2. Spicy Tuna from Tokio Joe’s with Old Friends.

Katie and I were both excited to try some some authentic Chinese cuisine. So where did we go for our first dinner out in Hong Kong?…We went for sushi.

This wasn’t actually our decision but we couldn’t have been happier with the result. Katie and I were very fortunate to both have old friends from high school currently living in Hong Kong, and both spoke highly of this restaurant. I must admit that it was pretty cool sitting down for a nice meal in a cool restaurant on the other side of the world with Rob and Colin. Aside from being informed of Big Papi’s positive steroid test, it was a fabulous meal. Colin was in charge of ordering everything and he didn’t disappoint, the spicy tuna was as good as I’ve ever had. And the company was even better. It was nice to sit with an old friend and argue about which Phillies’ outfielder was accused of juicing earlier this year, and once again be proven wrong.

Rob & Jordan

Rob & Jordan


Katie & Colin

Katie & Colin

Thank you both for a memorable stay in Hong Kong.

3. We have two subcategories for this one as Katie and I had slightly different preferences. See if you can guess who chose what?…

a) Epic Ping Pong matches with Rob.

Rob is a very busy guy who travels a lot for work and doesn’t get to spend much time relaxing at home. So I’ll never forget when I asked him about the pool on the second floor and he immediately remembered that there was a Ping Pong table in the games room that he had never used. It was the most excited I had seen him in years and I quickly adopted his enthusiasm. We made it to the games room in less than 11 seconds. I think Katie went swimming, but I was too focused on Ping Pong to notice for sure.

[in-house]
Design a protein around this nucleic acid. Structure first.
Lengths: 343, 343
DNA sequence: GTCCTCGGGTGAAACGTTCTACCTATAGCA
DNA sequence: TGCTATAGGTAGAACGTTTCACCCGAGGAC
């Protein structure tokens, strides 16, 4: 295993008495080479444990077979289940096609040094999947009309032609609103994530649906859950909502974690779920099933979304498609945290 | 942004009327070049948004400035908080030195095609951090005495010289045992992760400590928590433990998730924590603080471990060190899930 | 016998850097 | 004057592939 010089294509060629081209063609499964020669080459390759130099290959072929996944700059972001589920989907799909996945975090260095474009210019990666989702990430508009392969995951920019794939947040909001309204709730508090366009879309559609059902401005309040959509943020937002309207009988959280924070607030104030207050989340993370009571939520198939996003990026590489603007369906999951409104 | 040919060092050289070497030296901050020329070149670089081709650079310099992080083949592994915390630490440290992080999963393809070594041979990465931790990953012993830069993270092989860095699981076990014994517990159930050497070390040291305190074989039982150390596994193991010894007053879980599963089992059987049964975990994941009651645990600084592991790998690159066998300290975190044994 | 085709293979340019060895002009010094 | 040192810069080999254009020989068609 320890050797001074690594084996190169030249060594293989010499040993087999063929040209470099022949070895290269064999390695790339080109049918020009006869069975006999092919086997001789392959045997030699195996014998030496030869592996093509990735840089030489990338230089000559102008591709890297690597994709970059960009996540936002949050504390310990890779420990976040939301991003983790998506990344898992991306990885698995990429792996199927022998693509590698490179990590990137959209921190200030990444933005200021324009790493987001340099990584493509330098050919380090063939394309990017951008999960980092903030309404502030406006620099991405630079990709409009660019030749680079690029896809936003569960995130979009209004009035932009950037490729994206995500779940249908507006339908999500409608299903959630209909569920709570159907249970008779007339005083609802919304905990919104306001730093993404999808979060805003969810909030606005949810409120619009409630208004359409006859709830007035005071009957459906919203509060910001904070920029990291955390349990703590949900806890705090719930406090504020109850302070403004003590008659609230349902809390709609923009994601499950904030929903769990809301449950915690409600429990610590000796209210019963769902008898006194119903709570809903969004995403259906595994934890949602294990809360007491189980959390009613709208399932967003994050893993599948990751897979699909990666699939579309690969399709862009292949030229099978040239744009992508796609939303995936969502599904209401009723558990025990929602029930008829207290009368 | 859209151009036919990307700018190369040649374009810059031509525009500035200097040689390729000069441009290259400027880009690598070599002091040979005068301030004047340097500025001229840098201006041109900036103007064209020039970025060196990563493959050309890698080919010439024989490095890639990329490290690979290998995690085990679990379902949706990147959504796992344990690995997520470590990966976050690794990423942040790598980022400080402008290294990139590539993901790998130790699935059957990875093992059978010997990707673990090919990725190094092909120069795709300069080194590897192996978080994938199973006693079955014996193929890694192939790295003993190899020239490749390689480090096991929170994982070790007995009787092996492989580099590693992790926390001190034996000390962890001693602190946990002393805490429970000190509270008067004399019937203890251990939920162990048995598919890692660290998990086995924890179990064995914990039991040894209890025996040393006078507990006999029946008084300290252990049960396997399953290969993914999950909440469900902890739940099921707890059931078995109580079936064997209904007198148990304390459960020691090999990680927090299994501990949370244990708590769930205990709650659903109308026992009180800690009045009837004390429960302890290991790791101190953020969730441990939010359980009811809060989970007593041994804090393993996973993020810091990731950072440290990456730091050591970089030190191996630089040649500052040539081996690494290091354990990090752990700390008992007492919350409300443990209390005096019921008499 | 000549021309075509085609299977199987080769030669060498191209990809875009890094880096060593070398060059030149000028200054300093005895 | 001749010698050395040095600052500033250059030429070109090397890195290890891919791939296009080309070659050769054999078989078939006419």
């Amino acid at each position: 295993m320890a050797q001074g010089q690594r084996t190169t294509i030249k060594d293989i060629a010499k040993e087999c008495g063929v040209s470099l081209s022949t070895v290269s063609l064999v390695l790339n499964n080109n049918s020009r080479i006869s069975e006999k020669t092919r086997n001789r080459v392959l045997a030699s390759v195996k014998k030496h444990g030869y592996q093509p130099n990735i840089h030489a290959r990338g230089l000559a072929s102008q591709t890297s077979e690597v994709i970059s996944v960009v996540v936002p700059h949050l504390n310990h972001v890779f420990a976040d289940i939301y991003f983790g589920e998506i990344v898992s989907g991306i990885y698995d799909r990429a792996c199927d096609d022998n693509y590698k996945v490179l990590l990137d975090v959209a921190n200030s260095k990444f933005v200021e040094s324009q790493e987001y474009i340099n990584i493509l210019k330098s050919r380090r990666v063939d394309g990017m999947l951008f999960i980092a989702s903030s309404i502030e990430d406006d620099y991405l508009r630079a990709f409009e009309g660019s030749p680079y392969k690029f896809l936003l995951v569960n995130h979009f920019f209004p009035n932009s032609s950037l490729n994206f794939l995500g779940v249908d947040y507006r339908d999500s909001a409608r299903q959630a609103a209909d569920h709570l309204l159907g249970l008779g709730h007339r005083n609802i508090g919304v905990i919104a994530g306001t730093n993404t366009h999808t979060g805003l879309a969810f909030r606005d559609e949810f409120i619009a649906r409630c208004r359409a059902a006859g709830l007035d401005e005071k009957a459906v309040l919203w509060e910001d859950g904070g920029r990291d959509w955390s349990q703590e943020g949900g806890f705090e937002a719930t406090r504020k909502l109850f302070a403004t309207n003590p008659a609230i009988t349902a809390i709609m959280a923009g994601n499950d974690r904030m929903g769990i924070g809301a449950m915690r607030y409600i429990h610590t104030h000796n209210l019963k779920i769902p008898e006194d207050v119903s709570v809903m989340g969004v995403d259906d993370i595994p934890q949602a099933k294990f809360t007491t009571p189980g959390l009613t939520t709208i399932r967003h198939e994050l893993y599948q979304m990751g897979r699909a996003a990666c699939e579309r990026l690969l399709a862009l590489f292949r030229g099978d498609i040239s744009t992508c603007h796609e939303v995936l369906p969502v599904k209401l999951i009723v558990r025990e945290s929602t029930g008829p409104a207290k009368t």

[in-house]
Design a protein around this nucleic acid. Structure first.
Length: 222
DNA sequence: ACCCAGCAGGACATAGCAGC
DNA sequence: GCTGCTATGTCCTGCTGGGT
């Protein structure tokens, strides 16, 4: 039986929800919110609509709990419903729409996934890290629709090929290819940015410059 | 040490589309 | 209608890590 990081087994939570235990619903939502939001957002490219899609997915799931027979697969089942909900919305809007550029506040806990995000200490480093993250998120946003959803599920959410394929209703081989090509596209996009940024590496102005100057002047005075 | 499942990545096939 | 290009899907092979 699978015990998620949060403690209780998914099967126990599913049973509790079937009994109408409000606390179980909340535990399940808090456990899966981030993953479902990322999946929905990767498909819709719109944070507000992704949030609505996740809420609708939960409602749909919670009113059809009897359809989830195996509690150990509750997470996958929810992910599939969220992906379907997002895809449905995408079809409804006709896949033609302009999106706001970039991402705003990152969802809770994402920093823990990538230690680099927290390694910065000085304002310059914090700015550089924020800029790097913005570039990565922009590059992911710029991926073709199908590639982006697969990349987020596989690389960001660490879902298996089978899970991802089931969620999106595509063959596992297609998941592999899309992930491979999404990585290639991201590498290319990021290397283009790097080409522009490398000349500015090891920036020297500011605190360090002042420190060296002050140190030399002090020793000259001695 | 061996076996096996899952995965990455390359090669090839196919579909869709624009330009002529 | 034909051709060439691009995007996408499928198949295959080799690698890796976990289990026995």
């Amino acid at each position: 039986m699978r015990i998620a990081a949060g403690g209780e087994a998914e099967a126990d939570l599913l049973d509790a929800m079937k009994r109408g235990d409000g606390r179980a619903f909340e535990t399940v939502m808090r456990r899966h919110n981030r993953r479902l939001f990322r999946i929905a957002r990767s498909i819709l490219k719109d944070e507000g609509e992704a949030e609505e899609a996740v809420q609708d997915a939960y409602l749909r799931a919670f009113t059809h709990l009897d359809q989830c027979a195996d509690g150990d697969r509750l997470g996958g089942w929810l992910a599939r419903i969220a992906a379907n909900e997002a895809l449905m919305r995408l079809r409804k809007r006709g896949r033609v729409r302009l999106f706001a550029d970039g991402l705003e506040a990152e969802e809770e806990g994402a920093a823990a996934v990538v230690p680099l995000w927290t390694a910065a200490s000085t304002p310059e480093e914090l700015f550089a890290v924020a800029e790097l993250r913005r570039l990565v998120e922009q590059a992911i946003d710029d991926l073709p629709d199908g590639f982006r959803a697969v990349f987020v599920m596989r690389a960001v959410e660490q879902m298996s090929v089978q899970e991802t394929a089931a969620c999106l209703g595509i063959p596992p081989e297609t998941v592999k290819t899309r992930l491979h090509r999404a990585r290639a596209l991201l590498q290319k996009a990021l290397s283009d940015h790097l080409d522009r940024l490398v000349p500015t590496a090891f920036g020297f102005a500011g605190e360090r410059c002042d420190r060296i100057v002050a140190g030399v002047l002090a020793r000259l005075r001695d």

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I had a table at home in High School and me and a couple roommates had one in one in University that took up 50% of our living room and doubled as our kitchen table. I haven’t played much over the years, but the rust quickly wore off for both of us and we were right back at a pretty high level after only a few games. It was also one of the nicest tables I’ve ever played on with barriers surrounding it to prevent the ball from bouncing all over the room after I won the point. I can’t remember exactly who won or lost, but I do remember beating him pretty badly and I know the exact score if anyone cares to discuss it, that’s not what matters though.

b) Shopping at Stanley Market

We spent one afternoon at this cool little market that sold all kinds of crap. It was called Stanley Market and it’s been around forever. I bought a fridge magnet with my name in Chinese on it. You can read more about it here.

4. Filipino Sundays

Hong Kong is a very affluent city. It’s consistently ranked as one of the most expensive cities in the world and thus, has a considerable upper class who can afford and enjoy this lifestyle. It’s also quite common for those who have the means, to hire housekeepers, maids, helpers, etc. who usually live with the families they work for. Many of the condos built for this demographic are even designed with a room for the maid in mind.